Seaholm Water Intake Building

West Cesar Chavez Street, 78701
Burns & McDonnell Engineering Co. (1951); Studio Gang (2018); Cotera + Reed Architects (2020)
Odom Construction (1951)
Art Moderne
Historic Status:
National Register of Historic Places, Texas Historic Landmark, Austin Landmark


Stretching over 200 feet along Lady Bird Lake, the Seaholm Water Intake Building was built to provide cooling water to the steam condensers in its parent Turbine Generator Building located to the north. Decommissioned in 1996, the vacant structure is notable for its waterfront location, robust concrete construction, and Art Moderne detailing.


Covered in broken windows and graffiti, the now-defunct Seaholm Water Intake Building played an integral role in providing power to Austinites in the latter half of the twentieth century. The prominent waterfront location of this Brutalist concrete structure makes it a unique example of public works engineering that is well-suited for adaptive reuse.

The Seaholm Power Plant was commissioned in 1948 to meet the city’s growing electrical demand. The purpose of the Water Intake Building was to draw in and filter cool water from the Colorado River before pumping it to the larger Turbine Generator Building via massive underground pipes. Once there, the cool water was used to condense steam from the plant’s boilers before being discharged into Shoal Creek. The intake building consists of two structures: at water level, 14 bays house sluice gates that opened to bring in river water. Overhead (at street level), walkways illuminated by narrow windows look down into the pump space.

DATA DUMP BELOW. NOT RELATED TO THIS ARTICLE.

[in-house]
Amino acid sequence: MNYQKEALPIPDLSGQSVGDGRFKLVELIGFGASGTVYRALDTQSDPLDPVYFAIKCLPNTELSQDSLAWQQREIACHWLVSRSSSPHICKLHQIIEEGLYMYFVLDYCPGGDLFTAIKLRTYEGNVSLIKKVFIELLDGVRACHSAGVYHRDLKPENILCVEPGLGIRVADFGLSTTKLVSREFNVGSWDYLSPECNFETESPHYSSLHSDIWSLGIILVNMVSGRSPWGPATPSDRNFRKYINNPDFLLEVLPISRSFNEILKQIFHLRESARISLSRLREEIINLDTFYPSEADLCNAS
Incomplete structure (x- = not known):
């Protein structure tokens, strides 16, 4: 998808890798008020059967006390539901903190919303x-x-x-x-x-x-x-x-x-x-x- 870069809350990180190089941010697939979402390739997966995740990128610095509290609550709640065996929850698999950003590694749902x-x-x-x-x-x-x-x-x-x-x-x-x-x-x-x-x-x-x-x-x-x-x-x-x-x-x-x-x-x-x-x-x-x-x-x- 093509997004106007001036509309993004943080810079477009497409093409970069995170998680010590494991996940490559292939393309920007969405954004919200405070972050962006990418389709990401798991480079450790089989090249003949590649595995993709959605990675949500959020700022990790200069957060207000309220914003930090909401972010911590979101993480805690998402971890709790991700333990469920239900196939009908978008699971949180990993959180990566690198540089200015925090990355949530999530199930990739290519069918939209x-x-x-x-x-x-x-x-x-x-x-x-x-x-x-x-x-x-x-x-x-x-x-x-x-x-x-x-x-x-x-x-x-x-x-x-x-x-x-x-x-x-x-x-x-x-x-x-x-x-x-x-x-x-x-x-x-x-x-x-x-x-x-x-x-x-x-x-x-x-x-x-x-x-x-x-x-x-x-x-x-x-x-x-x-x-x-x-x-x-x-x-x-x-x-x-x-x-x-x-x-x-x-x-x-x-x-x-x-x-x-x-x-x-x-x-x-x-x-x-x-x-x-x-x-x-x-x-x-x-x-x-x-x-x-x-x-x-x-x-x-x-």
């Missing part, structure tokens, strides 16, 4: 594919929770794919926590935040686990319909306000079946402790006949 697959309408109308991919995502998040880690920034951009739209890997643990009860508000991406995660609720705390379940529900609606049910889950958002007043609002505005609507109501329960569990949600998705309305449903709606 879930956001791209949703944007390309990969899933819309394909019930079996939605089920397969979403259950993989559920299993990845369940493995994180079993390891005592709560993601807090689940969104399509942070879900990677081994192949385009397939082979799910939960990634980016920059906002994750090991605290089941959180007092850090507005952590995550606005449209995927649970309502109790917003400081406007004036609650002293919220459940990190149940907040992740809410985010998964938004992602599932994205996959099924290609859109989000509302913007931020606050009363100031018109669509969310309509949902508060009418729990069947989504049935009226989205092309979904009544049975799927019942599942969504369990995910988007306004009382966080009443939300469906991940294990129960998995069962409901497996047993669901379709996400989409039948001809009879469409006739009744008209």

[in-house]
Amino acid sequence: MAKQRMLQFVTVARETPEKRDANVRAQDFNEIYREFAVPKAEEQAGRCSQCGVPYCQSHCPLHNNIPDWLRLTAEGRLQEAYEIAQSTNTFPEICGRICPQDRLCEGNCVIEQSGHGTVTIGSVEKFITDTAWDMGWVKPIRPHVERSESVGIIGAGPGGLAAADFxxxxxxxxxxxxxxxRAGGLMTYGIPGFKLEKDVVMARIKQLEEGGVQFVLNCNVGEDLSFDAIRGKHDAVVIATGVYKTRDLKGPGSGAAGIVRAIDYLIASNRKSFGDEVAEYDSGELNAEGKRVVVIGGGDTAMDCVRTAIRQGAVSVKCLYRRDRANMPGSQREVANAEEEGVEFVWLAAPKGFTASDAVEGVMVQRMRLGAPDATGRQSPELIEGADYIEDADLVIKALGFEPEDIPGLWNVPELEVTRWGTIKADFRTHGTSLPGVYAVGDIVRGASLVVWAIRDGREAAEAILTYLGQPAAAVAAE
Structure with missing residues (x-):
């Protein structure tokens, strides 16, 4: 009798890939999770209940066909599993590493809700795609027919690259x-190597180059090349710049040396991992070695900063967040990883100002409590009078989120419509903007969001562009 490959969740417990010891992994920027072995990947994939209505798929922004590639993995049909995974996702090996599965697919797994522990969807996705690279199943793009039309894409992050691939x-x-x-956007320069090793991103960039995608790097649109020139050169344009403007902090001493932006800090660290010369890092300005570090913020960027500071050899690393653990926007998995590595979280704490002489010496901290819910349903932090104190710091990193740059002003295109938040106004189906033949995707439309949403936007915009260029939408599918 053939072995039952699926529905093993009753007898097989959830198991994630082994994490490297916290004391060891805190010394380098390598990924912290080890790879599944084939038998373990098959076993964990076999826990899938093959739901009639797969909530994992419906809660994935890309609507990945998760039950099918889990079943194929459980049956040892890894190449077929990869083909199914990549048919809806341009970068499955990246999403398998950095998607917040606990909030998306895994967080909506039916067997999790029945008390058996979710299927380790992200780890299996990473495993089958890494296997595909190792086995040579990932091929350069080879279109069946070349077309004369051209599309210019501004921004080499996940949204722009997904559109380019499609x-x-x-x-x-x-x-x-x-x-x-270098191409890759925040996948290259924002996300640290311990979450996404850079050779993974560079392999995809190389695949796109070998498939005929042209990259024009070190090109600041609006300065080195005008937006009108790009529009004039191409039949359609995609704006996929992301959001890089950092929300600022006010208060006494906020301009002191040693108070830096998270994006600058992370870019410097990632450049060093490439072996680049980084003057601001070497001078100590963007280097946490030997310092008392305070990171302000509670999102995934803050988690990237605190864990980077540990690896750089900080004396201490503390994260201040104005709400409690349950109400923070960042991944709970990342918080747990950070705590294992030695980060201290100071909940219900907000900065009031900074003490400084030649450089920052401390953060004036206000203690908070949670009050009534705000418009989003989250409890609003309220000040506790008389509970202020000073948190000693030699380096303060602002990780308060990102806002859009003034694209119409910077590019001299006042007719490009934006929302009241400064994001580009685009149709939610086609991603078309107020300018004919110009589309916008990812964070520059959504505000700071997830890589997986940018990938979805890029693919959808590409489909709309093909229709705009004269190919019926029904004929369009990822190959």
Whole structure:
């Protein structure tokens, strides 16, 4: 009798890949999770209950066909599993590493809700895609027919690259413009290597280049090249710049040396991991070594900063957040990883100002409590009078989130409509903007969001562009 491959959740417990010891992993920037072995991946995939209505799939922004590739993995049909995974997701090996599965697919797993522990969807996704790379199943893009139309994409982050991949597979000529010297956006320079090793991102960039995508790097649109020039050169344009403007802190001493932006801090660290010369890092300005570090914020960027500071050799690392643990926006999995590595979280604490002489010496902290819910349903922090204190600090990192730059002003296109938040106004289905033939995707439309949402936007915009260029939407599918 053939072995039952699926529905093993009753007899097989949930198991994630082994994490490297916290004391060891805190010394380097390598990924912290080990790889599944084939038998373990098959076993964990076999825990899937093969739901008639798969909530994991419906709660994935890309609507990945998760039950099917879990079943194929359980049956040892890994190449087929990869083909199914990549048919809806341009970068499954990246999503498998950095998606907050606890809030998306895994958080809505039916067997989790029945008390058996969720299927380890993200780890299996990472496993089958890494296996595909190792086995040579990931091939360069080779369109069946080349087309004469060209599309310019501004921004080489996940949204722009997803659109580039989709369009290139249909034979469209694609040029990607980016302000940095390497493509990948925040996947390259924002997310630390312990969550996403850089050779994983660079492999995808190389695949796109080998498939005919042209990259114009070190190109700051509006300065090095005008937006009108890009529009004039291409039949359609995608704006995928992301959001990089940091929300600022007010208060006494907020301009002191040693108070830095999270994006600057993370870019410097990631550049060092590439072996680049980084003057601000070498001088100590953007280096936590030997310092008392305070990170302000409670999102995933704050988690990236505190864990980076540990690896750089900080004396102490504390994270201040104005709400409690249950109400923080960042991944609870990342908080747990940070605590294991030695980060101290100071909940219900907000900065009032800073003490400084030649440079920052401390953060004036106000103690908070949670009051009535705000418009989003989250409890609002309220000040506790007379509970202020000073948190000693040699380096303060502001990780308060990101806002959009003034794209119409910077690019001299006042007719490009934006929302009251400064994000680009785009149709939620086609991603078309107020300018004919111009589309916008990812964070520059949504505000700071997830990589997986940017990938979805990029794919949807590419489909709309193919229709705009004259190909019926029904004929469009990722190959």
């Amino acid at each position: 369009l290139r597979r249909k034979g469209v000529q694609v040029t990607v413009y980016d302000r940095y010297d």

The architecture of the Water Intake Building reflects the character of its parent: thick concrete walls and piers, vertical joints and windows, and an open floor plan illuminated by natural light. The two buildings exemplify the Art Moderne style, an offshoot of the Art Deco movement that emphasized more austere and geometric forms following the Great Depression. Over the years, the attractive proportions, robust construction, and timeless detailing of the intake facility have made it a much-loved landmark on the waterfront. Its windowless lower level has also provided the perfect canvas for enterprising graffiti artists (most notably, the enigmatic inscription “BERNDRENIK” documented on buildings and railcars across the country).

Today the Water Intake Building resides on parkland maintained by the City of Austin Parks and Recreation Department. Recently, the City has committed to redeveloping the intake facility for civic use. In 2018, a proposal by Chicago-based Studio Gang offered several options for integrating recreational and communal amenities while preserving the character of the original structure. – Bud Franck

Photo Credits:

Atelier Wong Photography (1-3); Bud Franck (4-10); Texas Historical Commission (11); Austin History Center (12-15)